Author: Henri Juslén 

We all know that light helps us to see. We also know that for different tasks we need different amounts of light. And, to go even further on this road of obvious things; we know that people are different, for example, some are older and some are younger. Lighting that is designed for a 25-year-old student to perform at a satisfactory level will not be suitable for an older person as eyesight deteriorates with age and sensitivity to glare increases. With this in mind, it is quite surprising that the majority of lighting design is done simply by following minimum values in the lighting norm. Even for experts participating in norm generation, this has been a disappointment. Present norm tries to guide us to create better lighting, but where pragmatic people avoid reading the norms and stick to minimum value tables, this has resulted in things going wrong.

The WELL organization has been focusing on the WELL building standard™ to increase the use of light, which can lead to improved wellbeing for people. The WELL standard does not only focus on artificial lighting, but it also focuses on daylight. To adopt this at the Helvar HQ, we have located all workstations close to windows. Together with more than 1000 lux, general lighting provides the opportunity to adjust lighting levels according to individual needs. Illuminance is not the only important feature in the WELL standard. WELL highlights:

  • EML (Equivalent melanopic lux) – light to enhance circadian rhythms
  • Brightness – select suitable surfaces & good lighting control
  • Occupant control of lighting environment – possibility to influence the lighting
  • Daylight access & daylight glare control – blind control
  • Supplemental lighting – users should have the possibility to “get” more light
  • Flicker avoidance – you need to use only good quality drivers in luminaires
  • Colour rendering – particularly R9 (red) is something to focus on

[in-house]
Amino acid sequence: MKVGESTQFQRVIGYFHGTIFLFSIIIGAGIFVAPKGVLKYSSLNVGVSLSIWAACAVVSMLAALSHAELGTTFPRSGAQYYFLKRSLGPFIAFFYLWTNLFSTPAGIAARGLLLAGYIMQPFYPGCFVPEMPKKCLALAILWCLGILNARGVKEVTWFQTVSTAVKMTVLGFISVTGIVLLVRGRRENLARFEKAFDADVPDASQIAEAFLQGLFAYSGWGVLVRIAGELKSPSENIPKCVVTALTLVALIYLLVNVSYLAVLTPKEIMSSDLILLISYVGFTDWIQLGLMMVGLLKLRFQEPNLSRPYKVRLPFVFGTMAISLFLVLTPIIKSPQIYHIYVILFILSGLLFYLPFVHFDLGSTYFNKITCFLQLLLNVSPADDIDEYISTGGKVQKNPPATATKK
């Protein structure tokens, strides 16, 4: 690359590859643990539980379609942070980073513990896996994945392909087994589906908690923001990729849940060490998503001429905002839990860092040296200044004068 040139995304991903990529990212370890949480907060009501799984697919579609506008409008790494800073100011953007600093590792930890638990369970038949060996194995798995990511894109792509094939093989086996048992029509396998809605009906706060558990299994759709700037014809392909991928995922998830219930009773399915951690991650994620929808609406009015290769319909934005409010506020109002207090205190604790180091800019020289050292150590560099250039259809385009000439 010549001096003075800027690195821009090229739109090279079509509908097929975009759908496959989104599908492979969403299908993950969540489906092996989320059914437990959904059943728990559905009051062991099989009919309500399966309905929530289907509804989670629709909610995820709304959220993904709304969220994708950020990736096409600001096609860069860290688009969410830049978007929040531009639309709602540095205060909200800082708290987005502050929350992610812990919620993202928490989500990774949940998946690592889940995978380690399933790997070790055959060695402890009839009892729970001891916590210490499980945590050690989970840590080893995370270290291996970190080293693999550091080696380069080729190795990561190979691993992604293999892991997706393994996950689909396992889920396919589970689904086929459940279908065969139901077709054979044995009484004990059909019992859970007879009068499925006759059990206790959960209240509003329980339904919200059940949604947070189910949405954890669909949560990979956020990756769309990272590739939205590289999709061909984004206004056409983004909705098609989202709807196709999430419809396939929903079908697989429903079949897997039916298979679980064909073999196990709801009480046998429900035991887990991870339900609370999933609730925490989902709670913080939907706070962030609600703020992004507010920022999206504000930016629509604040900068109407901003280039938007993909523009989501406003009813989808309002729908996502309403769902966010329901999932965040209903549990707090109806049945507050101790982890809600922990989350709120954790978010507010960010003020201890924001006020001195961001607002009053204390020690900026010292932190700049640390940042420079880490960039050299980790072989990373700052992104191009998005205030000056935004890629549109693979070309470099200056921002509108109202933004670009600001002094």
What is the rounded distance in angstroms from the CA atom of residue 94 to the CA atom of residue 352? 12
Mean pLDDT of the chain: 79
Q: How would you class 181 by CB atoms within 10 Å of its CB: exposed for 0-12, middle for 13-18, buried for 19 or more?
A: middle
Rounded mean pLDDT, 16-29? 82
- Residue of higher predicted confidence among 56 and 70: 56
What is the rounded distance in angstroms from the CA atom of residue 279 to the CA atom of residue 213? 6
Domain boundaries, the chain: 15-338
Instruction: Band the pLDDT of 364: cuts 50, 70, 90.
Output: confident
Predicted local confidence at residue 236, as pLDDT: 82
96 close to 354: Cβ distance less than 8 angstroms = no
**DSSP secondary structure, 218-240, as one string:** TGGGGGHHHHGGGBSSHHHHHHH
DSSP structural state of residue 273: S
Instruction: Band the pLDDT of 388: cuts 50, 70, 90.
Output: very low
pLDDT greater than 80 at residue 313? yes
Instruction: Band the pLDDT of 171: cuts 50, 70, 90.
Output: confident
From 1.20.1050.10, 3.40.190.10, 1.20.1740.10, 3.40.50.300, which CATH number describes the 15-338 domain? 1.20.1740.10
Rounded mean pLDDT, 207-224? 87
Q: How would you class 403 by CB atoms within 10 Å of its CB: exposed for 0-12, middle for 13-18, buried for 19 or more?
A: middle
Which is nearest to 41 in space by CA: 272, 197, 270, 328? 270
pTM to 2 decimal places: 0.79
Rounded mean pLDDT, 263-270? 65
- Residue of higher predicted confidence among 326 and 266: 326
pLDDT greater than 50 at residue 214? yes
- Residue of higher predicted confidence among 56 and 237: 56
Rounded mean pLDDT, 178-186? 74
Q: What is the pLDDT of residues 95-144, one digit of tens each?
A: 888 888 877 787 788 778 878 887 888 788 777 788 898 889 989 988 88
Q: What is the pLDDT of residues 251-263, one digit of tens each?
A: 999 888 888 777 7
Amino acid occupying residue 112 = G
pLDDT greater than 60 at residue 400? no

The WELL organization is not alone in underlining the need for better lighting. The coming EN-norm highlights the need for using enough light for different users. prEN 12464-1- lighting of work places; part 1: Indoor work places actually might improve design practises significantly. The coming EN-norm is expected to be accepted by autumn 2020. Possibly the most important improvement from a wellbeing point of view is the new upper illuminance value. It encourages designers to strongly think and use enough light for different users and for different tasks. Good lighting control helps buildings to use the right amount of light at the right time.  Another important change is increased illuminance values for ceilings, walls, and people´s faces, which is measured as a semi-cylindrical illuminance. These values might be, from a wellbeing point of view, even more important than task lighting. In addition, it would be useful to use not just the minimum amount of light, but to allow for a flexible solution that enables adjustment when needed for users that have different needs or if a space is changing. In the future, designing indoor lighting by using just minimum values might be difficult. Naturally, it will still be possible, but wellbeing and performance will be sacrificed.